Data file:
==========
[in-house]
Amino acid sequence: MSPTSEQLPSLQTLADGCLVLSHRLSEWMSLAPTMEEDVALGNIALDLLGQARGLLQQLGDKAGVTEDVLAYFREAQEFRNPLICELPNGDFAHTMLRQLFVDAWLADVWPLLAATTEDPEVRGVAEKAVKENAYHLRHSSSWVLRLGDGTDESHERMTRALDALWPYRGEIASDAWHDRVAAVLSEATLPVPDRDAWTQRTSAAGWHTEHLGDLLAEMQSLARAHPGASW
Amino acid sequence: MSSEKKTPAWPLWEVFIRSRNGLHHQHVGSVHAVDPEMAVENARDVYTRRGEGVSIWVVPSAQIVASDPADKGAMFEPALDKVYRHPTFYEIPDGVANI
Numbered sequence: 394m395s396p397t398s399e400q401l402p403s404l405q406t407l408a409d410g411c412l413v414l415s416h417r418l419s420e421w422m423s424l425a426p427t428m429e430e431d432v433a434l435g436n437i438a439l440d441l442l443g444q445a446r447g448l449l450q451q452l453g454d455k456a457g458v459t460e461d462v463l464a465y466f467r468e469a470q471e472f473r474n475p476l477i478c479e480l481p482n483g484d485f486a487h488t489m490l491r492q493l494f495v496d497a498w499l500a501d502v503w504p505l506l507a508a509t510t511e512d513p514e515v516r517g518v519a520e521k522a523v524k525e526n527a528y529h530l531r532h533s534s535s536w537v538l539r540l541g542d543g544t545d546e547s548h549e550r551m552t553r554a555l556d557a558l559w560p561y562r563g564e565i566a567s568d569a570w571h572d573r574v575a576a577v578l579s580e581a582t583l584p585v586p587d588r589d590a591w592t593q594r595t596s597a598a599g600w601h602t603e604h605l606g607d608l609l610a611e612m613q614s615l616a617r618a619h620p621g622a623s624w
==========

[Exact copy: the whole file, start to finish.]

[in-house]
Amino acid sequence: MSPTSEQLPSLQTLADGCLVLSHRLSEWMSLAPTMEEDVALGNIALDLLGQARGLLQQLGDKAGVTEDVLAYFREAQEFRNPLICELPNGDFAHTMLRQLFVDAWLADVWPLLAATTEDPEVRGVAEKAVKENAYHLRHSSSWVLRLGDGTDESHERMTRALDALWPYRGEIASDAWHDRVAAVLSEATLPVPDRDAWTQRTSAAGWHTEHLGDLLAEMQSLARAHPGASW
Amino acid sequence: MSSEKKTPAWPLWEVFIRSRNGLHHQHVGSVHAVDPEMAVENARDVYTRRGEGVSIWVVPSAQIVASDPADKGAMFEPALDKVYRHPTFYEIPDGVANI
Numbered sequence: 394m395s396p397t398s399e400q401l402p403s404l405q406t407l408a409d410g411c412l413v414l415s416h417r418l419s420e421w422m423s424l425a426p427t428m429e430e431d432v433a434l435g436n437i438a439l440d441l442l443g444q445a446r447g448l449l450q451q452l453g454d455k456a457g458v459t460e461d462v463l464a465y466f467r468e469a470q471e472f473r474n475p476l477i478c479e480l481p482n483g484d485f486a487h488t489m490l491r492q493l494f495v496d497a498w499l500a501d502v503w504p505l506l507a508a509t510t511e512d513p514e515v516r517g518v519a520e521k522a523v524k525e526n527a528y529h530l531r532h533s534s535s536w537v538l539r540l541g542d543g544t545d546e547s548h549e550r551m552t553r554a555l556d557a558l559w560p561y562r563g564e565i566a567s568d569a570w571h572d573r574v575a576a577v578l579s580e581a582t583l584p585v586p587d588r589d590a591w592t593q594r595t596s597a598a599g600w601h602t603e604h605l606g607d608l609l610a611e612m613q614s615l616a617r618a619h620p621g622a623s624w